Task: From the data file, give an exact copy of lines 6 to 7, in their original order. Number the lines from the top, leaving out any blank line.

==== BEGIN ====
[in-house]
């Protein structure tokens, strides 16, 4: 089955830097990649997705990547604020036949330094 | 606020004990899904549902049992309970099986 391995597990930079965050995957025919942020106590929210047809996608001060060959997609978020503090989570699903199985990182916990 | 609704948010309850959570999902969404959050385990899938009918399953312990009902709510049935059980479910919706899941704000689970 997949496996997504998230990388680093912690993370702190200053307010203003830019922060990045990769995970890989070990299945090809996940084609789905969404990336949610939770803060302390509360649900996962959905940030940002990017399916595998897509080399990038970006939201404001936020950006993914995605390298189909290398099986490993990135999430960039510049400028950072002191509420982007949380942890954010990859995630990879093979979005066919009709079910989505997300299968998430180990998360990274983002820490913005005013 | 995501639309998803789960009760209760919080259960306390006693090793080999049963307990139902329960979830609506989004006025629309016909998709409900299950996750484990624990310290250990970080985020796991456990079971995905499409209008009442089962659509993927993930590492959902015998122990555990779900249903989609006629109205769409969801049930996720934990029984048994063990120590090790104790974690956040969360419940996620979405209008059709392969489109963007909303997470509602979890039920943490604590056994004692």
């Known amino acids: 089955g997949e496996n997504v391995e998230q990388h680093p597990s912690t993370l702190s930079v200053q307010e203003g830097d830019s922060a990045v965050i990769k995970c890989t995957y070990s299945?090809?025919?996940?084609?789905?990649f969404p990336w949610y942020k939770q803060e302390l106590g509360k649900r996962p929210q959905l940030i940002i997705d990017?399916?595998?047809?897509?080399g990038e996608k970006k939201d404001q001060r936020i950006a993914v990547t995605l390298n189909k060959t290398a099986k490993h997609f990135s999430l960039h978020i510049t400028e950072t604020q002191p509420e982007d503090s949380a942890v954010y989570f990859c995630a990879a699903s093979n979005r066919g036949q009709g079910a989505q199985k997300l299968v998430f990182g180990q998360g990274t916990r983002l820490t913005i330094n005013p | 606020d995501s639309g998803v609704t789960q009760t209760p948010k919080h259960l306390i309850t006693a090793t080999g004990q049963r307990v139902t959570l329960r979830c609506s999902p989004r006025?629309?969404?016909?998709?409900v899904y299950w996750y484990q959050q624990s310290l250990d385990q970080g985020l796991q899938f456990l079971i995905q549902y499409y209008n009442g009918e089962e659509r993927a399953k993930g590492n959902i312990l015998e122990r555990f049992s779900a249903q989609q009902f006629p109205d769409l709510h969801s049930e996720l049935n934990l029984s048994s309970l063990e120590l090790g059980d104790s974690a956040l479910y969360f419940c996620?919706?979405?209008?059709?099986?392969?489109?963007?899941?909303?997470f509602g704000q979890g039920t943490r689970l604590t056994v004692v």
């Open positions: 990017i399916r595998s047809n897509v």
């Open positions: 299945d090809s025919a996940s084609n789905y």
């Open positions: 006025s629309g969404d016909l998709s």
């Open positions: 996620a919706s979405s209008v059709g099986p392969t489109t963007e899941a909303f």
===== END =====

């Open positions: 006025s629309g969404d016909l998709s």
């Open positions: 996620a919706s979405s209008v059709g099986p392969t489109t963007e899941a909303f």